While age remains a major risk factor for breast cancer, with nearly 80% of new cases occurring in women aged 50 years and older, women diagnosed at a younger age generally have poorer outcomes. This is partly because premenopausal women are more likely to have triple-negative breast cancer, which tends to be more aggressive than other types, but some studies have also shown that younger women with estrogen receptor–positive cancers “do worse than patients who are older,” Ruth M. O’Regan, MD, reported at the 19th Annual Lynn Sage Breast Cancer Symposium.1 Dr. O’Regan is Professor and Division Chief, Hematology and Medical Oncology, University of Wisconsin, Madison.
Focus on Endocrine Therapy
Triple-negative breast cancer is generally treated the same for younger and older patients, Dr. O’Regan said, and that is also true for HER2-positive breast cancer. “What can we do differently for premenopausal patients as opposed to postmenopausal patients? It really comes down to hormone receptor–positive breast cancer,” Dr. O’Regan said. “The focus really has to be on endocrine therapy recommendations, which differ based on menopausal status.”
A meta-analysis of premenopausal women who received ovarian function suppression to prevent chemotherapy-induced premature ovarian failure showed that patients who had ovarian suppression were less likely to have ovarian failure compared to patients who did not and were more likely to be able to get pregnant, she said.2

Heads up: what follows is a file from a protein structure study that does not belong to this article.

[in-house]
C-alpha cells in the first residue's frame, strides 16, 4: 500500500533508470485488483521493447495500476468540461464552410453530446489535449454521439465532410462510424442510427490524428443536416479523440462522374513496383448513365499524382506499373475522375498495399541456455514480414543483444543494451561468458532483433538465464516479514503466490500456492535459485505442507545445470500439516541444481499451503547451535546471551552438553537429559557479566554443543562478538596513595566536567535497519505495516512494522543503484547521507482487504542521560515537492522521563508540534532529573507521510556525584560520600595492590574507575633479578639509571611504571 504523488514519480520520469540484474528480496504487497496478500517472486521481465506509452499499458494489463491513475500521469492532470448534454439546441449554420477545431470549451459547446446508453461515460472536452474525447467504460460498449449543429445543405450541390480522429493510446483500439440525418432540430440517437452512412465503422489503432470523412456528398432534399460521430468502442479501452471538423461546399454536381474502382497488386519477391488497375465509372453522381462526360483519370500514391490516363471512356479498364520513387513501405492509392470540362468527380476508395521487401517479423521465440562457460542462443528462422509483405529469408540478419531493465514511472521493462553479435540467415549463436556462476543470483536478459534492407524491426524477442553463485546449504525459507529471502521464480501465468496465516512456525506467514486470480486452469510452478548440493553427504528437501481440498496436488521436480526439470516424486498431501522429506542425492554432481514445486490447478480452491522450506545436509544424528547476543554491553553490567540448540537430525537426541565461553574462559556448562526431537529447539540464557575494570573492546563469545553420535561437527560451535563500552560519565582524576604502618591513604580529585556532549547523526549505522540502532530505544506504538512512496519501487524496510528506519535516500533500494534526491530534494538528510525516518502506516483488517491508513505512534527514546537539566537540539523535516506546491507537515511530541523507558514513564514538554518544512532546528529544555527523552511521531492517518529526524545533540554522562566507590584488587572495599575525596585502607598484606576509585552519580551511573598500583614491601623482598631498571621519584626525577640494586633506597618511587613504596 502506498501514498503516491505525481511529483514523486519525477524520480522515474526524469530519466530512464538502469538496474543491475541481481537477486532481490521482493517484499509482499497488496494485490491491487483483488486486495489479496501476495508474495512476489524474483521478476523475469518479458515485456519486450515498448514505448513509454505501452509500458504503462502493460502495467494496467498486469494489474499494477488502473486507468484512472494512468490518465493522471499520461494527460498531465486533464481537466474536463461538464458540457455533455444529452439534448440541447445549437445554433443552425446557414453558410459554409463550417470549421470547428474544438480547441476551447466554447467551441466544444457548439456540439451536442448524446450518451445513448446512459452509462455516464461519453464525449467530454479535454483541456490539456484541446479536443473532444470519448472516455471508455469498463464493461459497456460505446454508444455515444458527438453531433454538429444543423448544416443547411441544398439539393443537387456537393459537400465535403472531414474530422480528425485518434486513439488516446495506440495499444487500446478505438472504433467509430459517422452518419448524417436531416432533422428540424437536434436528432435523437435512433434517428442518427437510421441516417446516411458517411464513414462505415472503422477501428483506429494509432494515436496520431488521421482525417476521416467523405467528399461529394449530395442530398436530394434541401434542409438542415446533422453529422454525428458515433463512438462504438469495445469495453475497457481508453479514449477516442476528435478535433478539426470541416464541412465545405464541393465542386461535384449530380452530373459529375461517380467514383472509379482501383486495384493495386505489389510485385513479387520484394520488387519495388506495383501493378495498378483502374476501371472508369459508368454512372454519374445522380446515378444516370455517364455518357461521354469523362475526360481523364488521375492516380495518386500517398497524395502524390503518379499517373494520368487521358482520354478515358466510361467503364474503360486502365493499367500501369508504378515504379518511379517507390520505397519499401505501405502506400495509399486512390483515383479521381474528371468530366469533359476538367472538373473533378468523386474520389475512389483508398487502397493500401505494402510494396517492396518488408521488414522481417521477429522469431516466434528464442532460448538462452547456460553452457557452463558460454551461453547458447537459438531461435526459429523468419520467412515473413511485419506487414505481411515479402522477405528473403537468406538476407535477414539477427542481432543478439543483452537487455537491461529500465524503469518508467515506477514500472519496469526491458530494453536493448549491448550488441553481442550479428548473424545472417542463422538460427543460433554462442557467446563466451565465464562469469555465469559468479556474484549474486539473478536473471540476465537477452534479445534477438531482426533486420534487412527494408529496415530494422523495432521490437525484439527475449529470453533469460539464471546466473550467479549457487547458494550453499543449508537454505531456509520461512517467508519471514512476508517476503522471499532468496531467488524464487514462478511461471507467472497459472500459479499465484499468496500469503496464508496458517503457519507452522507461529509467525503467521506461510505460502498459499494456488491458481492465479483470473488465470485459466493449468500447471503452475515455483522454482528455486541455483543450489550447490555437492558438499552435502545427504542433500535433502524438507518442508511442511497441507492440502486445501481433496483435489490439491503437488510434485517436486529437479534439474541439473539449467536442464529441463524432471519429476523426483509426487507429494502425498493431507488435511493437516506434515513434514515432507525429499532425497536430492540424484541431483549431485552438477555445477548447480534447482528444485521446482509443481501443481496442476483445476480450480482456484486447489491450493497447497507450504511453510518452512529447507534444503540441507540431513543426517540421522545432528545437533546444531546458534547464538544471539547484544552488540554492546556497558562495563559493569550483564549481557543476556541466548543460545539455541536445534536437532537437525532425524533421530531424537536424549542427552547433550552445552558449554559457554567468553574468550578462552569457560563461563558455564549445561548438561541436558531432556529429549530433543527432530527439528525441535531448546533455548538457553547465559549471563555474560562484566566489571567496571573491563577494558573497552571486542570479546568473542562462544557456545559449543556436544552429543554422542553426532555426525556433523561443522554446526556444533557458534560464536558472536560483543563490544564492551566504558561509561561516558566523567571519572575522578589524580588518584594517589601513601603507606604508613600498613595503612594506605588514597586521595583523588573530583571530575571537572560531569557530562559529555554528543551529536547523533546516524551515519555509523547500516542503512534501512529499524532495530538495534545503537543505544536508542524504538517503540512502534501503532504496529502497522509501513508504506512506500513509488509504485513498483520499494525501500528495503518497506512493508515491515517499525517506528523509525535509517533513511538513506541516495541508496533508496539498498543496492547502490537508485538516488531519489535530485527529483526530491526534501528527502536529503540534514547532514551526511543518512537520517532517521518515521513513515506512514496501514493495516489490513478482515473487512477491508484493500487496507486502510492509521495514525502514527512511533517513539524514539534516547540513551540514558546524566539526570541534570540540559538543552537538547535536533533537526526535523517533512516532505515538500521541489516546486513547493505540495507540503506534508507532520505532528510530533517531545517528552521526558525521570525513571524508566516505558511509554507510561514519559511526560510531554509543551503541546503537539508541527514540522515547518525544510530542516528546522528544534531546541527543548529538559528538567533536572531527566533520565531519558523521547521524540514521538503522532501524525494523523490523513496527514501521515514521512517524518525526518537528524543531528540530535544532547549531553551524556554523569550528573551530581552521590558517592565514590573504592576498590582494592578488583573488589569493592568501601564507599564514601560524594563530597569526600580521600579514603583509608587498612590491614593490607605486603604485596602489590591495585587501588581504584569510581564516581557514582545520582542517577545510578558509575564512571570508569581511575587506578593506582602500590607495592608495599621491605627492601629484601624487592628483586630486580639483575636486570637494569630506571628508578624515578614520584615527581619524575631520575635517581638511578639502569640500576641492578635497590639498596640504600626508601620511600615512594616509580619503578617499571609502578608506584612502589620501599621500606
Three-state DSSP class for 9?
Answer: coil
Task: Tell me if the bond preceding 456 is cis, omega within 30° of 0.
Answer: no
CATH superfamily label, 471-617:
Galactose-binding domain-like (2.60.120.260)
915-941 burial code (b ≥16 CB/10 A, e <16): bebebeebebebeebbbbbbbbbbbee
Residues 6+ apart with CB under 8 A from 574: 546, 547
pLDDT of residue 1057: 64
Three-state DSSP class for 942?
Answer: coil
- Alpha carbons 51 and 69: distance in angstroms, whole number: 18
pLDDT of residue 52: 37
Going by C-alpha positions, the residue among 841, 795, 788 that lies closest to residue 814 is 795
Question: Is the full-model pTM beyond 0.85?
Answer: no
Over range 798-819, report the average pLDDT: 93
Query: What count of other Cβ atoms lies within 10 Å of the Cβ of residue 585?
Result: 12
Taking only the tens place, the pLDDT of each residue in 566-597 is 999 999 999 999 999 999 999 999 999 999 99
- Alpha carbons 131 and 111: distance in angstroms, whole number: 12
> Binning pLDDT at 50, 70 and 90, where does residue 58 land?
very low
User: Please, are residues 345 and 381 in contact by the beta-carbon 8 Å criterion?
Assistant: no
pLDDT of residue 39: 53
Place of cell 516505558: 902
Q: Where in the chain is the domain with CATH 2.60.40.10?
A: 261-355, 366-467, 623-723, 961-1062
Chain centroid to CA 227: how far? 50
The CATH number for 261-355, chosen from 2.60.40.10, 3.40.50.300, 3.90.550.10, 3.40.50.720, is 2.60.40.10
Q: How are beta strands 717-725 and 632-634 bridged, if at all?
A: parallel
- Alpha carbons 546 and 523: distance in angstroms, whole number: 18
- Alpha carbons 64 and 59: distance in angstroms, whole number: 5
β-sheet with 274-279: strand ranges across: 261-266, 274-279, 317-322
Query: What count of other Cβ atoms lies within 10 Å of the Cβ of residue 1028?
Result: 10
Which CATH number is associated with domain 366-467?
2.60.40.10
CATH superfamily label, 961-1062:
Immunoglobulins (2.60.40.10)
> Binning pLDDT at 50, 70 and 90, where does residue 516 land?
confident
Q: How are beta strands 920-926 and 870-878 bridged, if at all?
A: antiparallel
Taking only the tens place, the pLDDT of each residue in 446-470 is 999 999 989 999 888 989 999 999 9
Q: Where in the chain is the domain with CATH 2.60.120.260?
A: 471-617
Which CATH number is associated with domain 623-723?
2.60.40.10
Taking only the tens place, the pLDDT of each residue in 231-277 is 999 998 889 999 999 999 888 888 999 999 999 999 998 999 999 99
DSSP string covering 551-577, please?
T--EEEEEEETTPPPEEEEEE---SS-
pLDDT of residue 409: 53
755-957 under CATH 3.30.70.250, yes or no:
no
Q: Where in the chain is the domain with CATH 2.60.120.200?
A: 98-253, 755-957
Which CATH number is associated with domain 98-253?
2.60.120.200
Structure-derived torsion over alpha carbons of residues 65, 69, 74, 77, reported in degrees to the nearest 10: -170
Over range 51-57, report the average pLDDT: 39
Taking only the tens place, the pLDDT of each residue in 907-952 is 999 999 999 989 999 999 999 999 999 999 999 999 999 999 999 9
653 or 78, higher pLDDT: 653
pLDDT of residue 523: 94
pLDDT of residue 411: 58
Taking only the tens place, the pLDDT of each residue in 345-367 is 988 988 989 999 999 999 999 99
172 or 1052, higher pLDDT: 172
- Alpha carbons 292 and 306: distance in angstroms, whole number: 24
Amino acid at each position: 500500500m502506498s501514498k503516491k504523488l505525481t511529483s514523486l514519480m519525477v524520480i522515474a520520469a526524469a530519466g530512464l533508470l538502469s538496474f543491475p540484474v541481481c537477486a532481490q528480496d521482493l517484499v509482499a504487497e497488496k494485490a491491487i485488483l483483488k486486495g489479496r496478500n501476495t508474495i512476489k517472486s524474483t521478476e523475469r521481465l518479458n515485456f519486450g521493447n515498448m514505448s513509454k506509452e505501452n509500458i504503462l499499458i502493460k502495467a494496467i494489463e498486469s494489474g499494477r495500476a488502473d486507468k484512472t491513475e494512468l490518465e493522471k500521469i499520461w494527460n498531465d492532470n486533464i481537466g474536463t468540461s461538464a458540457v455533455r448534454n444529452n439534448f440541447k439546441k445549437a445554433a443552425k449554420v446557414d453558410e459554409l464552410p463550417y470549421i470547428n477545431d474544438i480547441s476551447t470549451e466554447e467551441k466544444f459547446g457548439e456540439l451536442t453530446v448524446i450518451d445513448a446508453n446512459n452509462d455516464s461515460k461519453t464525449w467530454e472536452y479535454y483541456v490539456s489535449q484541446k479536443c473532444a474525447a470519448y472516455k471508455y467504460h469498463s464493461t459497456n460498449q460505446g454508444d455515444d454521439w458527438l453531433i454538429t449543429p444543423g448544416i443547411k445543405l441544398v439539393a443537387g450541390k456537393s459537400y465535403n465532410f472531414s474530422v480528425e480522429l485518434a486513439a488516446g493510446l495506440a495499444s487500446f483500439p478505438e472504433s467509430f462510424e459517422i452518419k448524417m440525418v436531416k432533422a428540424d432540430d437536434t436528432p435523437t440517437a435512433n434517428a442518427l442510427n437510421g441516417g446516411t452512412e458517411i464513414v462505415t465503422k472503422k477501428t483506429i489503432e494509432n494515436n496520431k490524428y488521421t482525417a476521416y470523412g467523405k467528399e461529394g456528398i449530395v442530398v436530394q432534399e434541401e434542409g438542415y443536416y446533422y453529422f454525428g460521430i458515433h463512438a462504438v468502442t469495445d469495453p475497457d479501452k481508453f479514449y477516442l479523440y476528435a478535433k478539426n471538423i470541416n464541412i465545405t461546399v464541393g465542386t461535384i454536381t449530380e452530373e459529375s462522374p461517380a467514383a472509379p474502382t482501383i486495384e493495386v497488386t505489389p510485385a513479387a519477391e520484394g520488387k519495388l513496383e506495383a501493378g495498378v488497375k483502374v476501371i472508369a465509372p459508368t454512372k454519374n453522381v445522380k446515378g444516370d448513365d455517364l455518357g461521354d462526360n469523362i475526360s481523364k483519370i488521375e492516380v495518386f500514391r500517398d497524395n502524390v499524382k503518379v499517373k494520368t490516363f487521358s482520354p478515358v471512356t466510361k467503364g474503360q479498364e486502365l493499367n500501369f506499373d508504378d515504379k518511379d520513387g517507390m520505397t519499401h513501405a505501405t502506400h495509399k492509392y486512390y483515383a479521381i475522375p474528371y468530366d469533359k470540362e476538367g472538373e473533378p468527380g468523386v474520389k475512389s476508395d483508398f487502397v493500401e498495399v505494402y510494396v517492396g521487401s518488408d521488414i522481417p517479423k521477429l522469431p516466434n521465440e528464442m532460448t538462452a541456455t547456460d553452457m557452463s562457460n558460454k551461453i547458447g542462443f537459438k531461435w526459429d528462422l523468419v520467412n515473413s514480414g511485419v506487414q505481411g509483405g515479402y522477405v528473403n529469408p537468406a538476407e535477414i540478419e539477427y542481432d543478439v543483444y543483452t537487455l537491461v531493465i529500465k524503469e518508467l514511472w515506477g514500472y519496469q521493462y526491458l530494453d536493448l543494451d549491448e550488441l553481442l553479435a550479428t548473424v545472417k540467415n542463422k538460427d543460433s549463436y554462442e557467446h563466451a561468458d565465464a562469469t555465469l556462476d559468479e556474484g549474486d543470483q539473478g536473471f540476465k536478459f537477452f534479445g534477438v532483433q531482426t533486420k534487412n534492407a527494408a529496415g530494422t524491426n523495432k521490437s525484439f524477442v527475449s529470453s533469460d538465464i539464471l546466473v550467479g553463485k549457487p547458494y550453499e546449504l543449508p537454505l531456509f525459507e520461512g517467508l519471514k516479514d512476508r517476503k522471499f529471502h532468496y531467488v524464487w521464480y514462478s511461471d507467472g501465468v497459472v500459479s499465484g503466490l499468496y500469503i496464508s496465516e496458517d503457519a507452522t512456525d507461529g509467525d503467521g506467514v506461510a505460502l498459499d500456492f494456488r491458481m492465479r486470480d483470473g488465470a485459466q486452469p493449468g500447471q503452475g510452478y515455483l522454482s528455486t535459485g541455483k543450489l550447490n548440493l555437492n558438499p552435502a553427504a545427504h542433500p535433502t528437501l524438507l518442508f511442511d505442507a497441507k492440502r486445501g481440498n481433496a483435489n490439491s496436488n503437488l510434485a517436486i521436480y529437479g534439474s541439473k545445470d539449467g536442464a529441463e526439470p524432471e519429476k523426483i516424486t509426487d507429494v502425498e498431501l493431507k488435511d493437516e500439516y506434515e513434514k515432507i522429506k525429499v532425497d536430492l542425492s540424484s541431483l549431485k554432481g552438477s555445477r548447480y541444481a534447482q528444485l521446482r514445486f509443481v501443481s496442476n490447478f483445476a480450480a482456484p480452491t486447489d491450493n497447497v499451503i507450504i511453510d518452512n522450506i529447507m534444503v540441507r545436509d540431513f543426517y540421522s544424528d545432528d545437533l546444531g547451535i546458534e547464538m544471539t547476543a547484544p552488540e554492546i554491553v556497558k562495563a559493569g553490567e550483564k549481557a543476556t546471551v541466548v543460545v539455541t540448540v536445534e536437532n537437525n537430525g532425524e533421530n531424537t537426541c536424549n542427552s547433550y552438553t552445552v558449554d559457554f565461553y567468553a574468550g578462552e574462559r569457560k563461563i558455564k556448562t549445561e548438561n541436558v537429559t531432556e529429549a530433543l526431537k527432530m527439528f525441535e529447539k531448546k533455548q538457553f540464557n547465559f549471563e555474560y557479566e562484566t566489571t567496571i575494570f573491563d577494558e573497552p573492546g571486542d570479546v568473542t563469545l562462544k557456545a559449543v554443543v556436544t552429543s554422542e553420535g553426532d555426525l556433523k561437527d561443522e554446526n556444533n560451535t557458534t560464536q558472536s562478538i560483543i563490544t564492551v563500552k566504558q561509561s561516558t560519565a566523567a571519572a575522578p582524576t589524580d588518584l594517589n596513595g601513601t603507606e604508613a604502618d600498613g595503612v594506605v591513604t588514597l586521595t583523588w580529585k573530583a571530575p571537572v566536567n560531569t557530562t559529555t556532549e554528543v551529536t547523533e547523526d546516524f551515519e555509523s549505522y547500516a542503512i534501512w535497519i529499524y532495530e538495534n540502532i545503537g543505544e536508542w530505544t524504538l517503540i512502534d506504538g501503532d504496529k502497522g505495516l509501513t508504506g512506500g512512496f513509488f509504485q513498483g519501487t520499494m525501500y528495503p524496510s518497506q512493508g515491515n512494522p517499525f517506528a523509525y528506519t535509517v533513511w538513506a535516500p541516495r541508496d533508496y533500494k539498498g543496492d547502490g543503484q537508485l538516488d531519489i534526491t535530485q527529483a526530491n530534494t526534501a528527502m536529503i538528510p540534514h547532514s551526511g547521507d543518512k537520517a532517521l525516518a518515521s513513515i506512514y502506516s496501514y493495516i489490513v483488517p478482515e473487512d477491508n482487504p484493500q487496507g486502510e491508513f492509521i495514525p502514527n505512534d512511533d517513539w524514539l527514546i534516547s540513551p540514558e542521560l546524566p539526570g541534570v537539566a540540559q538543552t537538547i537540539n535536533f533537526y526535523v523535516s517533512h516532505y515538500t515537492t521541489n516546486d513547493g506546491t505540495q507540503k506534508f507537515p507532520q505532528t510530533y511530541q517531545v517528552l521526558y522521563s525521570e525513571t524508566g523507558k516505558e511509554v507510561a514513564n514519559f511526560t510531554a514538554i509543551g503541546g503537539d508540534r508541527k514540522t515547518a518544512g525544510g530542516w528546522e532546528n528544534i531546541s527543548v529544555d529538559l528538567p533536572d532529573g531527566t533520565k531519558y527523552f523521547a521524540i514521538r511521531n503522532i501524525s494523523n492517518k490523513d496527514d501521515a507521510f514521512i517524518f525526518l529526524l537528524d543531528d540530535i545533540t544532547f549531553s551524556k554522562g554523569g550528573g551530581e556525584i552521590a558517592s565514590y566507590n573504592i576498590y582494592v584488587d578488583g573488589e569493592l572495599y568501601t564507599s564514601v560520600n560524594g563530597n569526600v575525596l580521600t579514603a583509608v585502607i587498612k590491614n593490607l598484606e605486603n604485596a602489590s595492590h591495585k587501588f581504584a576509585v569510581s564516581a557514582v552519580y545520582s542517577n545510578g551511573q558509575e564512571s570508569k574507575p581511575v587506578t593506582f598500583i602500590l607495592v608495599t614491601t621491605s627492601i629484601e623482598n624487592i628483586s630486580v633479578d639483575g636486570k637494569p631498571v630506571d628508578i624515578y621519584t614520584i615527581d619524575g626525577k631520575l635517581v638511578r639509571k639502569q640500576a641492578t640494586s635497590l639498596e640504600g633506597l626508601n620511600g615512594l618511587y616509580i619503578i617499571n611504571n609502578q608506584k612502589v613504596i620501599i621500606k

Ovarian suppression was not shown to negatively affect outcome. One study “showed that it actually may be beneficial in improving disease-free survival,” Dr. O’Regan said. In the Prevention of Early Menopause Study (POEMS) study, patients with estrogen receptor–negative breast cancer randomized to standard chemotherapy with the gonadotropin-releasing hormone (GnRH) agonist goserelin (Zoladex) had significant improvement in 4-year disease-free survival—89% vs 78% for those receiving chemotherapy alone.3
“Overall, the message here is this therapy seems to be safe. I think it is a reasonable option for patients with estrogen receptor–negative and estrogen receptor–positive breast cancers if they want to maintain fertility,” Dr. O’Regan said.
Improving outcomes for premenopausal women with hormone receptor–positive early-stage breast cancer “is a somewhat controversial area,” Dr. O’Regan noted. A combined analysis looked at two pivotal trials—the Tamoxifen and Exemestane Trial (TEXT) and the Suppression of Ovarian Function Trial (SOFT)—both involving premenopausal women with hormone receptor–positive early breast cancer.4 In TEXT, women received the GnRH agonist triptorelin (Trelstar) and either exemestane or tamoxifen for 5 years. Chemotherapy was optional. In SOFT, women who remained premenopausal 6 months after chemotherapy or for whom -tamoxifen alone was considered suitable treatment received tamoxifen alone or ovarian function suppression with either -tamoxifen or exemestane for 5 years. Most recurrences occurred in women previously treated with chemotherapy.5